Mis­sis­sippi agency says it won’t buy from Nike over ads

Daily Local News (West Chester, PA) - - NEWS - By Jeff Amy The As­so­ci­ated Press

Mis­sis­sippi’s pub­lic safety com­mis­sioner dis­closed Satur­day that state po­lice will no longer buy Nike prod­ucts, say­ing the ath­letic ap­parel maker is un­pa­tri­otic and fails to sup­port those in uni­form.

“As com­mis­sioner of the De­part­ment of Pub­lic Safety, I will not sup­port ven­dors who do not sup­port law en­force­ment and our mil­i­tary,” Com­mis­sioner Mar­shall Fisher said in a state­ment Satur­day to The As­so­ci­ated Press.

It isn’t im­me­di­ately clear how much gear the state po­lice agency buys from Nike or if it pur­chases directly from the ath­letic ap­parel maker. De­part­ment spokesman War­ren Strain said the de­part­ment has bought shoes and shirts from the com­pany, as well as tac­ti­cal train­ing uni­forms.

But Mis­sis­sippi’s Repub­li­can es­tab­lish­ment is jump­ing to sup­port the cause, with Gov. Phil Bryant laud­ing his ap­pointee’s de­ci­sion.

“I sup­port the com­mis­sioner’s de­ci­sion,” Bryant said in a state­ment. The gover­nor said the com­mis­sioner has the right to choose ven­dors his de­part­ment does busi­ness with “and it’s not go­ing to be a com­pany that pays an in­di­vid­ual who has slan­dered our fine men and women in law en­force­ment.”

Nike didn’t im­me­di­ately re­spond to a phone call and an email seek­ing com­ment Satur­day. On­line news or­ga­ni­za­tion Mis­sis­sippi To­day first re­ported the story Fri­day.

It’s the lat­est dustup fol­low­ing Ore­gon-based Nike’s de­ci­sion to use for­mer San Fran­cisco 49ers quar­ter­back Colin Kaeper­nick in an ad cam­paign. Kaeper­nick be­gan kneel­ing dur­ing the na­tional an­them in 2016 to protest po­lice bru­tal­ity and so­cial in­jus­tice.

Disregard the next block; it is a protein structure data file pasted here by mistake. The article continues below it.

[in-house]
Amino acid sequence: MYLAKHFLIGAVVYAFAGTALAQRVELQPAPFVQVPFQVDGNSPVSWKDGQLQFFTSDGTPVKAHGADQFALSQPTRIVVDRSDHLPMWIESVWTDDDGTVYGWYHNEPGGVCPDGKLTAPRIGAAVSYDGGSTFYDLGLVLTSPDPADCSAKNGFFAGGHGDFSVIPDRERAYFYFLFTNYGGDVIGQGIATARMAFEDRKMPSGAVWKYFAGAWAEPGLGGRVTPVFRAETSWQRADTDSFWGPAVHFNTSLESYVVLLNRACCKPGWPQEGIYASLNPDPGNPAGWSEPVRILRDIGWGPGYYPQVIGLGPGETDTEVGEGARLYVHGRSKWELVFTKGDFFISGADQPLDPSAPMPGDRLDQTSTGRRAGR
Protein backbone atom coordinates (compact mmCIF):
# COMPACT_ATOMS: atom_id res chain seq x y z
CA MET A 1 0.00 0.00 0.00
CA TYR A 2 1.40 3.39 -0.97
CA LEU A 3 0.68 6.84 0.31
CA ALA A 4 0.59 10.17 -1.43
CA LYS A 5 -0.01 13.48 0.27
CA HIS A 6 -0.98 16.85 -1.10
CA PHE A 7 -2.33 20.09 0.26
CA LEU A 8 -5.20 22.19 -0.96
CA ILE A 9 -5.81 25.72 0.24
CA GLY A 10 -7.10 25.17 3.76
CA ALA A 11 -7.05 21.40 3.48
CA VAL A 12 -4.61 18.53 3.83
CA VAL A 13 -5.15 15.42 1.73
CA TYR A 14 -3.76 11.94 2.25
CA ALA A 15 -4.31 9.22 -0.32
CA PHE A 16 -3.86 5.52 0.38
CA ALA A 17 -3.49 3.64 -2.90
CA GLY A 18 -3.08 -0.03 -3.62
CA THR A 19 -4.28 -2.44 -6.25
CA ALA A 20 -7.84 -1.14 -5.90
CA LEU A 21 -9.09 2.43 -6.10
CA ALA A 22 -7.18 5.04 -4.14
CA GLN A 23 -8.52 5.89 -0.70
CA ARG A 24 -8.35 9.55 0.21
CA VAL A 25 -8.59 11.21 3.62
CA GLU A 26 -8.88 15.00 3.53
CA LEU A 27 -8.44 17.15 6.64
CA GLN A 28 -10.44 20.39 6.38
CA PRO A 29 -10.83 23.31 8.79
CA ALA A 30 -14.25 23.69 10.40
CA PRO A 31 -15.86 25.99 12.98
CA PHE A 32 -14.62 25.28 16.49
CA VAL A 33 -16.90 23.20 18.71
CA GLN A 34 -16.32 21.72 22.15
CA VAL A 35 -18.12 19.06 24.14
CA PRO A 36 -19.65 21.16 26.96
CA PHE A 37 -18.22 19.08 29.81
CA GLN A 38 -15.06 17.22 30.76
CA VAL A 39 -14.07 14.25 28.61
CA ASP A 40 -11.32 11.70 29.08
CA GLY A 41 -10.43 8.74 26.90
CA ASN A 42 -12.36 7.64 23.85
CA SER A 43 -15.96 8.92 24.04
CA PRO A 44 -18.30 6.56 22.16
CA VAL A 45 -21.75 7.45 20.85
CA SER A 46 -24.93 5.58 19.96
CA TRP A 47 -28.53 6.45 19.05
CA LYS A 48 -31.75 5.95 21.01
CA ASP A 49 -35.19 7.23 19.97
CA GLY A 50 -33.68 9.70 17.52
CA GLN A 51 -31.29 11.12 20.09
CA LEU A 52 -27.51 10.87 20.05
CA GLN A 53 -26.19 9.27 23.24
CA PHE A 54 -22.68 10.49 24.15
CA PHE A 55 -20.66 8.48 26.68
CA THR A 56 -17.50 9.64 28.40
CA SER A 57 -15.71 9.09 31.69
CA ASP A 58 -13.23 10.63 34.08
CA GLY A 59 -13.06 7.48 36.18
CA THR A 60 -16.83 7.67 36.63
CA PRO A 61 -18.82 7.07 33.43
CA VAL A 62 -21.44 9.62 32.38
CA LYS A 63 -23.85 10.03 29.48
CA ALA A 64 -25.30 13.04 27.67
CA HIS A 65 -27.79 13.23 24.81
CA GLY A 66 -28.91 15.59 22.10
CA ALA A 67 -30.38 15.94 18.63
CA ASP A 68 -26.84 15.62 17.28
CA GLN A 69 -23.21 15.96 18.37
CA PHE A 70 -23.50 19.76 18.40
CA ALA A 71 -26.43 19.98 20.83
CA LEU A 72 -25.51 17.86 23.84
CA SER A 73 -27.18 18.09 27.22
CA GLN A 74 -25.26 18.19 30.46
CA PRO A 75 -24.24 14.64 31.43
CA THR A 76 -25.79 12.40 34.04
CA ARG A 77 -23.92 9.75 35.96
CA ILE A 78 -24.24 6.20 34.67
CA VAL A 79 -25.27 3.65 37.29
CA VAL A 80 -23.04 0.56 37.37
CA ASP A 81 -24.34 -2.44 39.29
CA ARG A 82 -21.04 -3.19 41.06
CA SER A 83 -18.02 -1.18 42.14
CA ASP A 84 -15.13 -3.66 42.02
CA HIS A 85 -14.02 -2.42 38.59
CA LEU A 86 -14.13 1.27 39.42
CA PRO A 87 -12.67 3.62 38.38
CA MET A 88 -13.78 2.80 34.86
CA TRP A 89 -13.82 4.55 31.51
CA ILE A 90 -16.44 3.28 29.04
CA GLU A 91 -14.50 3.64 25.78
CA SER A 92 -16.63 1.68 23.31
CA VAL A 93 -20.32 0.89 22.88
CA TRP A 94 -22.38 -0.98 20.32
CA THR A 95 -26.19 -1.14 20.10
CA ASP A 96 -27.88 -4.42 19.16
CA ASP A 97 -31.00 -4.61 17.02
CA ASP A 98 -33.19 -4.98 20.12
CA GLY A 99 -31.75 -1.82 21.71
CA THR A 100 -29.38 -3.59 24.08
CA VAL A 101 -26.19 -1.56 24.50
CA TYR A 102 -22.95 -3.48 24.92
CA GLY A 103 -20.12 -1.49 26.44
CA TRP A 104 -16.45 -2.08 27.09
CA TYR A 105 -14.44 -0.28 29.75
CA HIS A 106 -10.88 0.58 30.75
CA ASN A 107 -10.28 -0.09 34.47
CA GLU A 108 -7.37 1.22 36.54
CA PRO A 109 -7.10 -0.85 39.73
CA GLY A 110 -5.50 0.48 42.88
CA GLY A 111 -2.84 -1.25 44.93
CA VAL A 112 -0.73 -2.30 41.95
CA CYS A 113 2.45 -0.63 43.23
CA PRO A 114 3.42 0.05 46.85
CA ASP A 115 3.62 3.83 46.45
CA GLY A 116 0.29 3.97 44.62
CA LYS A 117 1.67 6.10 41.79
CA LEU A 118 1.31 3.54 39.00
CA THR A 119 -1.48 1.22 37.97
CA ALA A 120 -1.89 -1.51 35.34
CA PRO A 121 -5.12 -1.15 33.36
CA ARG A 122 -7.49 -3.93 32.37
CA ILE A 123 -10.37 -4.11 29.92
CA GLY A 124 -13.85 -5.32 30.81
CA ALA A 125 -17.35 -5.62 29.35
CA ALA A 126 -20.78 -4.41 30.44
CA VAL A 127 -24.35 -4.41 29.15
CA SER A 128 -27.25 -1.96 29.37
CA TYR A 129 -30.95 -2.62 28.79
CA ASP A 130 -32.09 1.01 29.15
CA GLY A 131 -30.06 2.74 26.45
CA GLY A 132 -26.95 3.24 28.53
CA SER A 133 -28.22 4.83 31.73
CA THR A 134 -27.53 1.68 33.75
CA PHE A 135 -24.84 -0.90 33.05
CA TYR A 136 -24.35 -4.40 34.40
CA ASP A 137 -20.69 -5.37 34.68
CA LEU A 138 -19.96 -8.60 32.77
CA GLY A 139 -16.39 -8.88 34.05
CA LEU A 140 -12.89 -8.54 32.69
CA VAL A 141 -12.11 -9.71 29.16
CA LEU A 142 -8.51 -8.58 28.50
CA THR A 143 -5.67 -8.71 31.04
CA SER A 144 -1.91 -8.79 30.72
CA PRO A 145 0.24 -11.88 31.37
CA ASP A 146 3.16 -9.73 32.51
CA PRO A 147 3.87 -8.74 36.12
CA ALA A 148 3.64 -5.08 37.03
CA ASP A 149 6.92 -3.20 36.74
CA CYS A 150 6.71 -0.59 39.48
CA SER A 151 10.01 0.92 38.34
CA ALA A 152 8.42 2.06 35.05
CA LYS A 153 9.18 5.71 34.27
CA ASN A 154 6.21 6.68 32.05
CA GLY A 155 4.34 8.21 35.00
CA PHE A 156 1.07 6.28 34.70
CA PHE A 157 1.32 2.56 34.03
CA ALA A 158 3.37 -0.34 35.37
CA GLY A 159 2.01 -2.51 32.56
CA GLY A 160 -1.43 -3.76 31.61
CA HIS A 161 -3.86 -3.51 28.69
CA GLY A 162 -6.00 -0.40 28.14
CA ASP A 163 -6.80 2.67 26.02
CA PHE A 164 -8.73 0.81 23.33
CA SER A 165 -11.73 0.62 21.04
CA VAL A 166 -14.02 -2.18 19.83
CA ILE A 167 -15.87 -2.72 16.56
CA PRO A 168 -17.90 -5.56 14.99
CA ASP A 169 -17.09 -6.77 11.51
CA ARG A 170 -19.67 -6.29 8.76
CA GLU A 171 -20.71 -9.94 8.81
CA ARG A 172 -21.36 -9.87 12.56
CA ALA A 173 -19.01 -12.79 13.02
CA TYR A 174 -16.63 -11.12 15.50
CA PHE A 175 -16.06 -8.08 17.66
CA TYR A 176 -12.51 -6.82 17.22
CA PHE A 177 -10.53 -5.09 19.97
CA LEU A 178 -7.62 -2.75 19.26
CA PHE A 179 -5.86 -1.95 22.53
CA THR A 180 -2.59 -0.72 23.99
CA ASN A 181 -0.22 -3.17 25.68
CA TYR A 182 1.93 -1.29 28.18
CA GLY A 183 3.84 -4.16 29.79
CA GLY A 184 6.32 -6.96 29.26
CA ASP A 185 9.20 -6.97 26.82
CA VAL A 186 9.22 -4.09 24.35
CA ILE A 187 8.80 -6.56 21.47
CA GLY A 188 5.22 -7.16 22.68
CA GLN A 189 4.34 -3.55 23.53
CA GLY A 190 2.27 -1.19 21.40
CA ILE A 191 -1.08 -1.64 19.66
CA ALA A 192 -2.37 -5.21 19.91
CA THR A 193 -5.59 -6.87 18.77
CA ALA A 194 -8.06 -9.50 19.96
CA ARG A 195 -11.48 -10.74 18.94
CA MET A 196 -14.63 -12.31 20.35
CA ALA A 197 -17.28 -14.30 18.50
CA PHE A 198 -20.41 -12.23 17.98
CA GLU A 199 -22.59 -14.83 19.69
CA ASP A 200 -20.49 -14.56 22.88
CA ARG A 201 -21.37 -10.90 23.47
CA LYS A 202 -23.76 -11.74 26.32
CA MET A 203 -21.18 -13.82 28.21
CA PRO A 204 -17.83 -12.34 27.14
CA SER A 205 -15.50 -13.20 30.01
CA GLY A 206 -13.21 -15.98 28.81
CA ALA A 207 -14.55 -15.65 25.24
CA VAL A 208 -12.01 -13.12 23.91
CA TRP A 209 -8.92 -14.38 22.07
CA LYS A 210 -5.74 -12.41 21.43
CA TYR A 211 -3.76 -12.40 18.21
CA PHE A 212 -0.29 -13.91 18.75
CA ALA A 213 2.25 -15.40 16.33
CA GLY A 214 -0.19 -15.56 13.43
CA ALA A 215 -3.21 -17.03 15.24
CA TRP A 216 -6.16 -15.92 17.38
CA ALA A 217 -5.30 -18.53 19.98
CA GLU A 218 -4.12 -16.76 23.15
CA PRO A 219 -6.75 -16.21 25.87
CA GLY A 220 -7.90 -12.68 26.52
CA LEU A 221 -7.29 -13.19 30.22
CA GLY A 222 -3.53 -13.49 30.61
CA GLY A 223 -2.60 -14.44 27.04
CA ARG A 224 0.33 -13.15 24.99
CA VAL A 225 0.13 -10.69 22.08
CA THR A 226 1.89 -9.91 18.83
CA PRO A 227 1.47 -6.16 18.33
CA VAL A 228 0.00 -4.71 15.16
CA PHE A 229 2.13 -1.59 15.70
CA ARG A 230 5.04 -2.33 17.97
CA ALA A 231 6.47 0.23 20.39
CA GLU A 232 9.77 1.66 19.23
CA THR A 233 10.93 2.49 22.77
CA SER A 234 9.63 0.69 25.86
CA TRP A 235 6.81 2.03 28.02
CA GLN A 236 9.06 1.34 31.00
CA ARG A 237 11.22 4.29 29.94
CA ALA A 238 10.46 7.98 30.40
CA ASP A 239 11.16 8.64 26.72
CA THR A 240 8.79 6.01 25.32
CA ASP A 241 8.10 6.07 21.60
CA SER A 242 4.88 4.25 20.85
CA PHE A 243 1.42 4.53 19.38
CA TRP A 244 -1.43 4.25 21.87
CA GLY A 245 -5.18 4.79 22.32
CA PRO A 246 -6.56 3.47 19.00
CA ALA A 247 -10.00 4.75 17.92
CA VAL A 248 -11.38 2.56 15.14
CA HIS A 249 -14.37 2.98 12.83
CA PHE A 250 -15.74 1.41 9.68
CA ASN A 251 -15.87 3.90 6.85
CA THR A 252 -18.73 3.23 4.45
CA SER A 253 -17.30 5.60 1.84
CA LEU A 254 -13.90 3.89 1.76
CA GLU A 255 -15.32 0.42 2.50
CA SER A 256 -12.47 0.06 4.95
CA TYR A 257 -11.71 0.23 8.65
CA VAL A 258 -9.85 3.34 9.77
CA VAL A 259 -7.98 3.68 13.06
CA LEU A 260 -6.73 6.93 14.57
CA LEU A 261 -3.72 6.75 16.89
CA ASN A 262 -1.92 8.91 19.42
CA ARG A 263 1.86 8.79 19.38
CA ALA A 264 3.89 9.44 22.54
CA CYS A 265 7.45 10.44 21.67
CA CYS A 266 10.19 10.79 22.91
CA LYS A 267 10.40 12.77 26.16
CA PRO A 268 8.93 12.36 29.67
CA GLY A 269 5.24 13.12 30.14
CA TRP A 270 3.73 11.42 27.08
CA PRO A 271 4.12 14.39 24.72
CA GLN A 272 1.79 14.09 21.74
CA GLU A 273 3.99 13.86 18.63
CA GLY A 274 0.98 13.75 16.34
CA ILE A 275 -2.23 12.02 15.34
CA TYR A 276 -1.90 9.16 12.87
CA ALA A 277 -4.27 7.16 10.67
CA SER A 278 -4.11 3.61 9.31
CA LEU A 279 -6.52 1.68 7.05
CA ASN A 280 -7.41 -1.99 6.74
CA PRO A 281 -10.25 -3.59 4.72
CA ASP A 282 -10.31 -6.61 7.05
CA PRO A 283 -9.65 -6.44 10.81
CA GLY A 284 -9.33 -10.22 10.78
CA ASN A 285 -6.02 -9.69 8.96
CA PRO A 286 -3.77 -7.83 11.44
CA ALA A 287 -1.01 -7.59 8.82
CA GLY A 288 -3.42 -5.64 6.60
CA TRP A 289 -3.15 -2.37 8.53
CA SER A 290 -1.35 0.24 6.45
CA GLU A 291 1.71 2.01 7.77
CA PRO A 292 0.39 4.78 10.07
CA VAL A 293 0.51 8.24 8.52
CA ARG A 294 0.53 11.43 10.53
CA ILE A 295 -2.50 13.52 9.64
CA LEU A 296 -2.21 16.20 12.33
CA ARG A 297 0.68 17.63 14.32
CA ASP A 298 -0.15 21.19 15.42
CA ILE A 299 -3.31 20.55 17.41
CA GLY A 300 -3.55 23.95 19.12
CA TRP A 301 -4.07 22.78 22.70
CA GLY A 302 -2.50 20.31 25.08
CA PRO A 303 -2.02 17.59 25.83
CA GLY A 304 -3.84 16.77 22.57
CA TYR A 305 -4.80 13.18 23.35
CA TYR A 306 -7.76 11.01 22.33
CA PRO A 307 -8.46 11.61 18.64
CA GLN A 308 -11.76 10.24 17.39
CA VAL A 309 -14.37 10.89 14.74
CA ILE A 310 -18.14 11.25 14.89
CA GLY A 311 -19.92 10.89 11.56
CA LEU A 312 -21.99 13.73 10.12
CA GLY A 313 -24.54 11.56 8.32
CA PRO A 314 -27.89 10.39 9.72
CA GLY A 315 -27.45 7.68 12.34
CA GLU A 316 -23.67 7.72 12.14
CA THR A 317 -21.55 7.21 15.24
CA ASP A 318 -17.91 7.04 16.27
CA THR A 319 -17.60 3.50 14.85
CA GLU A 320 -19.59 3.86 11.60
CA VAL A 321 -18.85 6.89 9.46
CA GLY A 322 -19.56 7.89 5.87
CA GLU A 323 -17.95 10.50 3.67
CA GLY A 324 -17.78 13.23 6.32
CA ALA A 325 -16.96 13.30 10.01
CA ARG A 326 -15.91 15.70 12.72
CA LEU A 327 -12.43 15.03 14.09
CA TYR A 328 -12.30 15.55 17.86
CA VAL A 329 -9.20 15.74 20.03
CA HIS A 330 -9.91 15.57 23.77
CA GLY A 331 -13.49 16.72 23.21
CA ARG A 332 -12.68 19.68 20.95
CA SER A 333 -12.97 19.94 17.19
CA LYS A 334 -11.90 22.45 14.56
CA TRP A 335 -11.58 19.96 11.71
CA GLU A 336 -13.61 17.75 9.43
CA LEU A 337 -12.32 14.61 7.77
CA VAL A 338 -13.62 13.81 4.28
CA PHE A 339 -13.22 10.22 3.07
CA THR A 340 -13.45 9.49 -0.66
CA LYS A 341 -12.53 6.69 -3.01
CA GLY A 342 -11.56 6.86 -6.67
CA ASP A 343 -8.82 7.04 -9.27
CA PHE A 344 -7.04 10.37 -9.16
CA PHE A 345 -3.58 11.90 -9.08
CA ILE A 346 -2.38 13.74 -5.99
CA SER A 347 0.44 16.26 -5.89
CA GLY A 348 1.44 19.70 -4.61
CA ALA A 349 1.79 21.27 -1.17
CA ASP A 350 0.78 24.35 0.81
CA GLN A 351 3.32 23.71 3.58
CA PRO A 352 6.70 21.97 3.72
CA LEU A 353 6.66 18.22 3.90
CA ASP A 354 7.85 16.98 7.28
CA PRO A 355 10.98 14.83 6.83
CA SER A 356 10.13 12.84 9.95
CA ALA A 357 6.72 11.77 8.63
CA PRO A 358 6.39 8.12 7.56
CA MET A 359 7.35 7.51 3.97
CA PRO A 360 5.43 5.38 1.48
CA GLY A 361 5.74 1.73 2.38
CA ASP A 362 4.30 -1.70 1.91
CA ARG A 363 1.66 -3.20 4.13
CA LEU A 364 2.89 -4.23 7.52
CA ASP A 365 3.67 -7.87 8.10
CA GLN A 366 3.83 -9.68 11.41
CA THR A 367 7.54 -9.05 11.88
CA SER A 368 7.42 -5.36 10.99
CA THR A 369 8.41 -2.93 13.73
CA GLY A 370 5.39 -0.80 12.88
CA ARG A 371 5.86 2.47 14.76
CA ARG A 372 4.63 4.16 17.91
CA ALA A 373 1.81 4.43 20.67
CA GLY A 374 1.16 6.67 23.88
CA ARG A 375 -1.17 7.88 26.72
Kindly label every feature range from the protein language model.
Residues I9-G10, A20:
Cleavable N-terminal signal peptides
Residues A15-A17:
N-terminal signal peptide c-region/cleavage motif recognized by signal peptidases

Fisher’s move is al­ready draw­ing crit­i­cism from the Mis­sis­sippi chap­ter of the Amer­i­can Civil Lib­er­ties Union and Demo­cratic state law­mak­ers.

“Th­ese are the peo­ple that are rep­re­sent­ing all Mis­sis­sip­pi­ans,” the ACLU chap­ter said in a state­ment posted Satur­day on Twit­ter. “Th­ese are the peo­ple that are cre­at­ing pol­icy that im­pact all of our lives. Th­ese are the peo­ple that took an oath to up­hold the Con­sti­tu­tion. Yet they refuse to un­der­stand what equal­ity, jus­tice, and ac­count­abil­ity means. This petty de­ci­sion is just an­other show of racism, dis­crim­i­na­tion, stu­pid­ity, in­equity, and di­vi­sive pol­i­tics.”

Other Repub­li­can politi­cians in Mis­sis­sippi ap­pear to see po­lit­i­cal ad­van­tage in ex­co­ri­at­ing Nike, though. The cam­paign of Lt. Gov. Tate Reeves, who plans to run for gover­nor in 2019, sent out a state­ment Wed­nes­day say­ing Kaeper­nick’s acts are not a sac­ri­fice — though that’s how the Nike ad de­scribes them.

“By sup­port­ing the NFL protests, Nike is mak­ing it clear that they would rather stand with those who show con­tempt for our coun­try over those who de­fend it,” Reeves said.

Strain couldn’t say how much the de­part­ment spends on Nike gear, or whether it buys directly from the com­pany. Strain di­rected The AP to sub­mit a pub­lic records re­quest for fur­ther in­for­ma­tion. A state gov­ern­ment data­base that cat­a­logs state pur­chases shows no state gov­ern­ment pur­chases directly from Nike by any agency in the bud­get year ended June 30 when searched Satur­day by the AP.

Ear­lier this week, the mayor of a New Or­leans sub­urb re­scinded an or­der say­ing Nike prod­ucts couldn’t be bought for city re­cre­ation fa­cil­i­ties or even by booster clubs us­ing the fa­cil­i­ties. Ken­ner Mayor Ben Zahn said Wed­nes­day he was re­scind­ing the or­der, say­ing it “divided our city and placed Ken­ner in a false and un­flat­ter­ing light on the na­tional stage.” The or­der prompted a protest Mon­day that in­clude three mem­bers of the New Or­leans Saints foot­ball team and hun­dreds of oth­ers.

Mis­sis­sippi’s De­part­ment of Pub­lic Safety in­cludes the state High­way Pa­trol, Bureau of Nar­cotics, Bureau of In­ves­ti­ga­tion, Of­fice of Home­land Se­cu­rity, Crime Lab and Med­i­cal Ex­am­iner.

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